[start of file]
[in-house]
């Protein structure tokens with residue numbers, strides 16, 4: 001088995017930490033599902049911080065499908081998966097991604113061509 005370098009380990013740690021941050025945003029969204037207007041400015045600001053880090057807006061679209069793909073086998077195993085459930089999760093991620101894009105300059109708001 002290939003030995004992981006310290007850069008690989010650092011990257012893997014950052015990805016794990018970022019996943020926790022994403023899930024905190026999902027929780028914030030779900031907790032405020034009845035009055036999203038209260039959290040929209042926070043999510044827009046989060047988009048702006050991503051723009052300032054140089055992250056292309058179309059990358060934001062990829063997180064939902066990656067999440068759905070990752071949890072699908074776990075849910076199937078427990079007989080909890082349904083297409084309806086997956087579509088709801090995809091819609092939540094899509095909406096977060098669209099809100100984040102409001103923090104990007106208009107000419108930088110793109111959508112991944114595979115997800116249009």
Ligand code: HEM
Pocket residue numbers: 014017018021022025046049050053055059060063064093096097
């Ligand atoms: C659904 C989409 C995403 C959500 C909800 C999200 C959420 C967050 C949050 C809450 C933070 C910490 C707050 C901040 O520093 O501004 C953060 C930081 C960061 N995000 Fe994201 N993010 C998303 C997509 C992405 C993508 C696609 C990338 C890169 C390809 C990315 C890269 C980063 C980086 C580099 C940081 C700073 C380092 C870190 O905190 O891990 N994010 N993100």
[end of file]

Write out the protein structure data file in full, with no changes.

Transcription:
[in-house]
């Protein structure tokens with residue numbers, strides 16, 4: 001088995017930490033599902049911080065499908081998966097991604113061509 005370098009380990013740690021941050025945003029969204037207007041400015045600001053880090057807006061679209069793909073086998077195993085459930089999760093991620101894009105300059109708001 002290939003030995004992981006310290007850069008690989010650092011990257012893997014950052015990805016794990018970022019996943020926790022994403023899930024905190026999902027929780028914030030779900031907790032405020034009845035009055036999203038209260039959290040929209042926070043999510044827009046989060047988009048702006050991503051723009052300032054140089055992250056292309058179309059990358060934001062990829063997180064939902066990656067999440068759905070990752071949890072699908074776990075849910076199937078427990079007989080909890082349904083297409084309806086997956087579509088709801090995809091819609092939540094899509095909406096977060098669209099809100100984040102409001103923090104990007106208009107000419108930088110793109111959508112991944114595979115997800116249009």
Ligand code: HEM
Pocket residue numbers: 014017018021022025046049050053055059060063064093096097
């Ligand atoms: C659904 C989409 C995403 C959500 C909800 C999200 C959420 C967050 C949050 C809450 C933070 C910490 C707050 C901040 O520093 O501004 C953060 C930081 C960061 N995000 Fe994201 N993010 C998303 C997509 C992405 C993508 C696609 C990338 C890169 C390809 C990315 C890269 C980063 C980086 C580099 C940081 C700073 C380092 C870190 O905190 O891990 N994010 N993100």